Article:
CDCR’s “Future of California Corrections” Far-Reaching But Not Far Enough


Posted on 01 May 2012

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By Emily Harris
Californians United for a Responsible Budget

If the California Department of Corrections and Rehabilitation’s (CDCR) public relations are successful, people across the state are thinking that the CDCR has finally got the message: our prison system is too big, too expensive, and locks up way too many people.

 Last week, the CDCR released a master plan for the state’s prison system, ambitiously called “The Future of California’s Corrections,” that was touted as an outline of drastic shifts in how CDCR will operate the prison system to reduce its size and budget impacts. A closer look reveals a few positive changes and a lot more business as usual.

For decades, the CDCR has been locked into an endless strategy of prison expansion, building 22 prisons in just over 20 years. The Department has grown California’s prison system to be one of the largest in the world, while community opposition and public opinion against expansion and the atrocious conditions inside has mounted steadily.

With the budget crisis in California, this opposition has deepened as the corrections budget continue to soar while funding for education, health and social services is put on the chopping block. Faced with a Supreme Court order to reduce the prison population, a massive statewide prisoner hunger strike, and Governor Brown’s new realignment policies, which send people convicted of low-level crimes to back to counties for supervision, the CDCR realized they had to project a new path forward.

The Future of California’s Corrections,” reflects some important changes that organizations like Californians United for a Responsible Budget (CURB), our members, and communities have been recommending for years. The CDCR is proposing to cancel $4.1 billion in remaining bond authorization for prison and jail construction. The bonds were authorized in 2007 under the notorious AB 900, a plan to build 53,000 new prison and jail beds that passed with no public review and immediately provoked public outrage. CURB has been calling for the cancellation of all AB 900 bonds, and while CDCR’s proposal is a big step in the right direction, it still leaves $1.9 billion on the table for prison and jail expansion.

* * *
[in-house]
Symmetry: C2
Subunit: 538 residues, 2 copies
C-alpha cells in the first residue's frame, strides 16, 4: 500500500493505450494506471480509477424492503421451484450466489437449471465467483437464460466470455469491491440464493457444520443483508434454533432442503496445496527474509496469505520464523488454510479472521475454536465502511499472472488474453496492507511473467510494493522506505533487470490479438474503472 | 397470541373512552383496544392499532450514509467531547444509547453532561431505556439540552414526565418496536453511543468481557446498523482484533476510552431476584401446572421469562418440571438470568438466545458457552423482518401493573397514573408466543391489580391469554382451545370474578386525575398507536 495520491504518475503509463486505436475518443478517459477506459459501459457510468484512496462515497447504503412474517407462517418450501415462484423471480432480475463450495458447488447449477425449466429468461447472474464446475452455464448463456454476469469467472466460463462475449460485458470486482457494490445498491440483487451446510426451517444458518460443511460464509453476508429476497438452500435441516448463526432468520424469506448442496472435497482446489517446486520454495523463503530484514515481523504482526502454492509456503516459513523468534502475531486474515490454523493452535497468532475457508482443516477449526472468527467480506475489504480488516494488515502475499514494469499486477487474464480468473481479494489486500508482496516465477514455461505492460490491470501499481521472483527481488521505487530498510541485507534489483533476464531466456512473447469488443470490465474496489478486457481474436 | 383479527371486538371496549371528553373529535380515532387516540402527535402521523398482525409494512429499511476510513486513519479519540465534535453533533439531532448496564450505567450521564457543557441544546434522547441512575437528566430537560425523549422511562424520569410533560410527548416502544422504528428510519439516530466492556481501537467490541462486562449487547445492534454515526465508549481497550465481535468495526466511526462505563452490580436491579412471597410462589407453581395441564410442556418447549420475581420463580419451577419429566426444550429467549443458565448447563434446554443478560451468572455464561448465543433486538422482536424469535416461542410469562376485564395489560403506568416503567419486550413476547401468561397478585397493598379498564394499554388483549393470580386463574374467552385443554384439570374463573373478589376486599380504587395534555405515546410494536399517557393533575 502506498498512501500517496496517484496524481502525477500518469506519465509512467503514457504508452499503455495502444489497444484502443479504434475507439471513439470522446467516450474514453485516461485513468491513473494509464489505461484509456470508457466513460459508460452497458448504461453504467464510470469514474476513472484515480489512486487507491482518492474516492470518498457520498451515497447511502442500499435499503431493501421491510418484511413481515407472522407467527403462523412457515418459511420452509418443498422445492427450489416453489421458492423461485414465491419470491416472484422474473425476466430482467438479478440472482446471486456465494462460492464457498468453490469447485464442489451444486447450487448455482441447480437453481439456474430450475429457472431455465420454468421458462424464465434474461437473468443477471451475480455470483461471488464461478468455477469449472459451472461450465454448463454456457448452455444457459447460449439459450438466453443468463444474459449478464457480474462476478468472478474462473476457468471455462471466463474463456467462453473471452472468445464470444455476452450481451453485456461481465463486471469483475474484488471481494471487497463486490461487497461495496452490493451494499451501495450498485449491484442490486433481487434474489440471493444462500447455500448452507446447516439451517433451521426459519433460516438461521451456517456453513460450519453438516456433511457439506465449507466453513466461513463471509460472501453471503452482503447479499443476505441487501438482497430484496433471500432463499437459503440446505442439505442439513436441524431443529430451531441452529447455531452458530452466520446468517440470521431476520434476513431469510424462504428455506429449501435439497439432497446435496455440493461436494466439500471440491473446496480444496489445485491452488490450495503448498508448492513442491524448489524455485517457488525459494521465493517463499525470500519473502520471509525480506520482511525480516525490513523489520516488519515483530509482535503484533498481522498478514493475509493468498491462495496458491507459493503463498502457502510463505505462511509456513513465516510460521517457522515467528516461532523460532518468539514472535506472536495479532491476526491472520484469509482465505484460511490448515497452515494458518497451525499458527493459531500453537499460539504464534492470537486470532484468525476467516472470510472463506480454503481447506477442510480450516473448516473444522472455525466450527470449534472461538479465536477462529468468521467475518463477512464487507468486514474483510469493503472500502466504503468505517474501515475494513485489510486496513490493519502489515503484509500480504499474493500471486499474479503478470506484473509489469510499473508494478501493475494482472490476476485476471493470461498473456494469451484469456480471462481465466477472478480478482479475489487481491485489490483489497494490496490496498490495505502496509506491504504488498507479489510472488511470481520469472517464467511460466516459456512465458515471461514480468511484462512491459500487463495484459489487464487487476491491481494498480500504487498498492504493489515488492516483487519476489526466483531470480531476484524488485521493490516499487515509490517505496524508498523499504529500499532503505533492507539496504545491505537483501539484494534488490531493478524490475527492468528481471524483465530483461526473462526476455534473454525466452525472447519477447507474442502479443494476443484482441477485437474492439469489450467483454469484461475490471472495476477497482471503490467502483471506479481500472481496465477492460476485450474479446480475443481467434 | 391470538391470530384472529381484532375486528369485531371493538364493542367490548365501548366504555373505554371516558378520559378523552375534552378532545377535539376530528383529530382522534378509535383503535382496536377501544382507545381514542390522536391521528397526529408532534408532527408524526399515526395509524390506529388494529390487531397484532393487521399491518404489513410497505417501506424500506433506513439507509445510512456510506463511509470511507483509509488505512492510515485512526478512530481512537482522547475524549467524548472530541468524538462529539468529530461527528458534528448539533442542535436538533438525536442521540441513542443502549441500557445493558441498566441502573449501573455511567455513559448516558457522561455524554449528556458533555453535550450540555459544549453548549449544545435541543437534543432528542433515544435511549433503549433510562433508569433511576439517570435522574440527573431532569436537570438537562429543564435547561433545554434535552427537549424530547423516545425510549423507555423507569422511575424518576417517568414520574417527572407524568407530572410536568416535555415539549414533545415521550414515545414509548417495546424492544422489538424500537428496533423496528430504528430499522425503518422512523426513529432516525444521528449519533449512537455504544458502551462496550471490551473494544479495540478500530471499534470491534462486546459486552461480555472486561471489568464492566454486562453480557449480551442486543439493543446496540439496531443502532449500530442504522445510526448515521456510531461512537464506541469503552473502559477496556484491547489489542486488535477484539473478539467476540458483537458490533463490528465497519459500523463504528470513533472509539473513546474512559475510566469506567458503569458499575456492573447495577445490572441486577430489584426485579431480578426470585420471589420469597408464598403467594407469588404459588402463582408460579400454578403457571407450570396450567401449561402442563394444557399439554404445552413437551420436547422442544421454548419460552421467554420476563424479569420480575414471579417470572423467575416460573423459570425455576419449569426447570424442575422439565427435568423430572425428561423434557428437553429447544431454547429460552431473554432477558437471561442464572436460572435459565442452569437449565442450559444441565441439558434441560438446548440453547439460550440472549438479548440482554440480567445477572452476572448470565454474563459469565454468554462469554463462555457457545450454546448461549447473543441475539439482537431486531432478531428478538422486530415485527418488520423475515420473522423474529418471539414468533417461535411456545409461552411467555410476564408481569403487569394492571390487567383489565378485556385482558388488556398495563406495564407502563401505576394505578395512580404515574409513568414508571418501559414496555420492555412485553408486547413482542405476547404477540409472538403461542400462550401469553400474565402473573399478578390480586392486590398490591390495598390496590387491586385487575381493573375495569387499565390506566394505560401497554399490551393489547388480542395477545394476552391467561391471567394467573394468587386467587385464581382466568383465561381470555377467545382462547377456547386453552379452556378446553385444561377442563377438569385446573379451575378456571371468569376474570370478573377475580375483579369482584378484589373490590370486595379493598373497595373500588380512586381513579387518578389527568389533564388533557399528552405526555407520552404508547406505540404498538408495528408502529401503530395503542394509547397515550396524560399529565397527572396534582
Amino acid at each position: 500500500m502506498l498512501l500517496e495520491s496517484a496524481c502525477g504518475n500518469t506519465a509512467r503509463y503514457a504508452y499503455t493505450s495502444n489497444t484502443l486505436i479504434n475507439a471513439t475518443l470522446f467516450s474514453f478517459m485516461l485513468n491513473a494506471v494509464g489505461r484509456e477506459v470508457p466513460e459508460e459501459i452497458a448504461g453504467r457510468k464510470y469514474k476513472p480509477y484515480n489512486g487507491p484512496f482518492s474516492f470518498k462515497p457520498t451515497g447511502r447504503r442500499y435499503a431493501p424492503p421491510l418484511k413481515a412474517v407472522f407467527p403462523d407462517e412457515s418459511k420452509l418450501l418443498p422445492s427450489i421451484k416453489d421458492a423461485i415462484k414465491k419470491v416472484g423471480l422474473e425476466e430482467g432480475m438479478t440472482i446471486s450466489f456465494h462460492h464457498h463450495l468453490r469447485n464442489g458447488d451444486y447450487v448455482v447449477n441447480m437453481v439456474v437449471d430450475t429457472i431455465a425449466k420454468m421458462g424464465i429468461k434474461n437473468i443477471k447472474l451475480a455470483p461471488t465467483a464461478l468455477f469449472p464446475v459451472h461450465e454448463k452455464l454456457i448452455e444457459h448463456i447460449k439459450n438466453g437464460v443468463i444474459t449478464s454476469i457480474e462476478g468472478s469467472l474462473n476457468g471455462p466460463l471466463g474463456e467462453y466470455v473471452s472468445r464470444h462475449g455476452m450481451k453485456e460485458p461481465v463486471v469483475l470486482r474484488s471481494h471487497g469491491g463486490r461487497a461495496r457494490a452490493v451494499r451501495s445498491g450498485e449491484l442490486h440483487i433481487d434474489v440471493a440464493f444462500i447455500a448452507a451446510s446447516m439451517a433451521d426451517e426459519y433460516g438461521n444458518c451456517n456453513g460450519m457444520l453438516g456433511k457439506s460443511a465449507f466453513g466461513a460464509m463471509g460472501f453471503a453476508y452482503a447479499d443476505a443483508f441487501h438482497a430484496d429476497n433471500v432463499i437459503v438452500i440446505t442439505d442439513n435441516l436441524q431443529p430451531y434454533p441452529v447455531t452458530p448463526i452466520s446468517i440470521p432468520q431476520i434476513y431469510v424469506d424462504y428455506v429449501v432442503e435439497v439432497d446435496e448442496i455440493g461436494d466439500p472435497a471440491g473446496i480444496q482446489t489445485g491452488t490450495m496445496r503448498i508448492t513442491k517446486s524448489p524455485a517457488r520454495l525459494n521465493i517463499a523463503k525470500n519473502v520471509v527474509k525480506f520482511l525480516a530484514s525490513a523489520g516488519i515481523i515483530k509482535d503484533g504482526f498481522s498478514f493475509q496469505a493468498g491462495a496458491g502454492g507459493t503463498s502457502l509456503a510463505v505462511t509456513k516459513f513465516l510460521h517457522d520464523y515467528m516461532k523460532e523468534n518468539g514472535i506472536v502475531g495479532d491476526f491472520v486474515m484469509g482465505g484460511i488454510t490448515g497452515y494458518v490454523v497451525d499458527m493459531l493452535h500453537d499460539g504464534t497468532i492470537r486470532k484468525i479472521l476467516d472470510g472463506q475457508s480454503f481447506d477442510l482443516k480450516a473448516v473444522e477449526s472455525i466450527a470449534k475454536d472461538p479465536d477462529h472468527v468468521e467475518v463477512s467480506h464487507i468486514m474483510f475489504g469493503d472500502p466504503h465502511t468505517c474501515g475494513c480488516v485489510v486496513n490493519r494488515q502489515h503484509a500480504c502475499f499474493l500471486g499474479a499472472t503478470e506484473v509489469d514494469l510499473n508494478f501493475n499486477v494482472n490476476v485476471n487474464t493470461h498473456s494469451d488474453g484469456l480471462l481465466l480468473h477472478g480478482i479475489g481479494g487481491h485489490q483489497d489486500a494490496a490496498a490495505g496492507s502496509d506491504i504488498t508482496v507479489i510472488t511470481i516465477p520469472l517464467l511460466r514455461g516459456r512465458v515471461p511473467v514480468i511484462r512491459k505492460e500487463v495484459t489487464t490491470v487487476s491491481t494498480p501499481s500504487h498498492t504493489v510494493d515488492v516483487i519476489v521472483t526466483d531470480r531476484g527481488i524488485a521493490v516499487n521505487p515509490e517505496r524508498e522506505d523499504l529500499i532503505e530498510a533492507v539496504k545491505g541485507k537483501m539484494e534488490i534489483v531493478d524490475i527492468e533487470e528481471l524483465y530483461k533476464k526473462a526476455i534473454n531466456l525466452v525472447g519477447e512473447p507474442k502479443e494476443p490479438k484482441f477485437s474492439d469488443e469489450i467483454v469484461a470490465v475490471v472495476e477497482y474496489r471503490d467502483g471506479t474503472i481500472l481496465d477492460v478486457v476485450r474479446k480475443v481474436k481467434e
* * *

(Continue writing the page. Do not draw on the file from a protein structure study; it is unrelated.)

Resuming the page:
The plan also proposes to bring back all prisoners that are being held out-of-state and to reclassify 17,000 prisoners who are unnecessarily held in higher security conditions. These changes are important steps forward that are a direct response to the hard work of residents across the state.

 After these laudable steps forward, the public relations charade kicks in: the CDCR hopes to convince us, and our legislators, that they are truly shifting their management strategy in the next ten years. Unfortunately, the details hidden behind the highlights reveal another story.

The CDCR plan includes $810 million for prison expansion, and plans to refurbish the Folsom Transitional Treatment Facility to a women’s prison. This expansion would offset the CDCR’s proposal to close the California Rehabilitation Center at Norco. The plan makes no mention of on-going prison construction, such as mental health units going in at many prisons and a large prison/medical complex being built in Stockton.